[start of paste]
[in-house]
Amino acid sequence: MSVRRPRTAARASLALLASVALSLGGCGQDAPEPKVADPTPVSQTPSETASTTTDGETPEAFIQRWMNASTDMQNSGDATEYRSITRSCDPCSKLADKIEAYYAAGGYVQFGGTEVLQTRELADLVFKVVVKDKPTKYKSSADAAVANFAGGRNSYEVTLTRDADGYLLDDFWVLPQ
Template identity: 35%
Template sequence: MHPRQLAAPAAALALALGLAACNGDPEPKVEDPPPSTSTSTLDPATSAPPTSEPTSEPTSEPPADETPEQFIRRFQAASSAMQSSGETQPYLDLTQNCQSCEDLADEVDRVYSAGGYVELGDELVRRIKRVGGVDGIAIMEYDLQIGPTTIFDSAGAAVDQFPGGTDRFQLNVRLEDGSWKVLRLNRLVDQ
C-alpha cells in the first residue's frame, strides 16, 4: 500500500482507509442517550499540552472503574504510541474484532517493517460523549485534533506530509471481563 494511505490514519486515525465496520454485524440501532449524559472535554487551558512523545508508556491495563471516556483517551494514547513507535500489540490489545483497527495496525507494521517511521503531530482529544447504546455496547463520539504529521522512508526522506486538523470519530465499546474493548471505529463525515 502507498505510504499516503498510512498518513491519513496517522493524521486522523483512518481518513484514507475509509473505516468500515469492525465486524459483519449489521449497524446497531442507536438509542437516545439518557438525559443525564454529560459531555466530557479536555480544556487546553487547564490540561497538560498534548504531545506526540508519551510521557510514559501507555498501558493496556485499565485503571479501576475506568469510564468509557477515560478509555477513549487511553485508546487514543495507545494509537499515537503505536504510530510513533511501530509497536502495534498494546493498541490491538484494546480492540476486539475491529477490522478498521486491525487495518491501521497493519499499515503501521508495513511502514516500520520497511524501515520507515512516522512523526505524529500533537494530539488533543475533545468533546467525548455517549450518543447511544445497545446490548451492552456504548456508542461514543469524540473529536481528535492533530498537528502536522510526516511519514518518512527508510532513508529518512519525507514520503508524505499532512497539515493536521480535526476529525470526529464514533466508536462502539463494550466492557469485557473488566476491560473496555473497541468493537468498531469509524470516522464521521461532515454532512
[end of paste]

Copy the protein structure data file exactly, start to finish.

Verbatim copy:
[in-house]
Amino acid sequence: MSVRRPRTAARASLALLASVALSLGGCGQDAPEPKVADPTPVSQTPSETASTTTDGETPEAFIQRWMNASTDMQNSGDATEYRSITRSCDPCSKLADKIEAYYAAGGYVQFGGTEVLQTRELADLVFKVVVKDKPTKYKSSADAAVANFAGGRNSYEVTLTRDADGYLLDDFWVLPQ
Template identity: 35%
Template sequence: MHPRQLAAPAAALALALGLAACNGDPEPKVEDPPPSTSTSTLDPATSAPPTSEPTSEPTSEPPADETPEQFIRRFQAASSAMQSSGETQPYLDLTQNCQSCEDLADEVDRVYSAGGYVELGDELVRRIKRVGGVDGIAIMEYDLQIGPTTIFDSAGAAVDQFPGGTDRFQLNVRLEDGSWKVLRLNRLVDQ
C-alpha cells in the first residue's frame, strides 16, 4: 500500500482507509442517550499540552472503574504510541474484532517493517460523549485534533506530509471481563 494511505490514519486515525465496520454485524440501532449524559472535554487551558512523545508508556491495563471516556483517551494514547513507535500489540490489545483497527495496525507494521517511521503531530482529544447504546455496547463520539504529521522512508526522506486538523470519530465499546474493548471505529463525515 502507498505510504499516503498510512498518513491519513496517522493524521486522523483512518481518513484514507475509509473505516468500515469492525465486524459483519449489521449497524446497531442507536438509542437516545439518557438525559443525564454529560459531555466530557479536555480544556487546553487547564490540561497538560498534548504531545506526540508519551510521557510514559501507555498501558493496556485499565485503571479501576475506568469510564468509557477515560478509555477513549487511553485508546487514543495507545494509537499515537503505536504510530510513533511501530509497536502495534498494546493498541490491538484494546480492540476486539475491529477490522478498521486491525487495518491501521497493519499499515503501521508495513511502514516500520520497511524501515520507515512516522512523526505524529500533537494530539488533543475533545468533546467525548455517549450518543447511544445497545446490548451492552456504548456508542461514543469524540473529536481528535492533530498537528502536522510526516511519514518518512527508510532513508529518512519525507514520503508524505499532512497539515493536521480535526476529525470526529464514533466508536462502539463494550466492557469485557473488566476491560473496555473497541468493537468498531469509524470516522464521521461532515454532512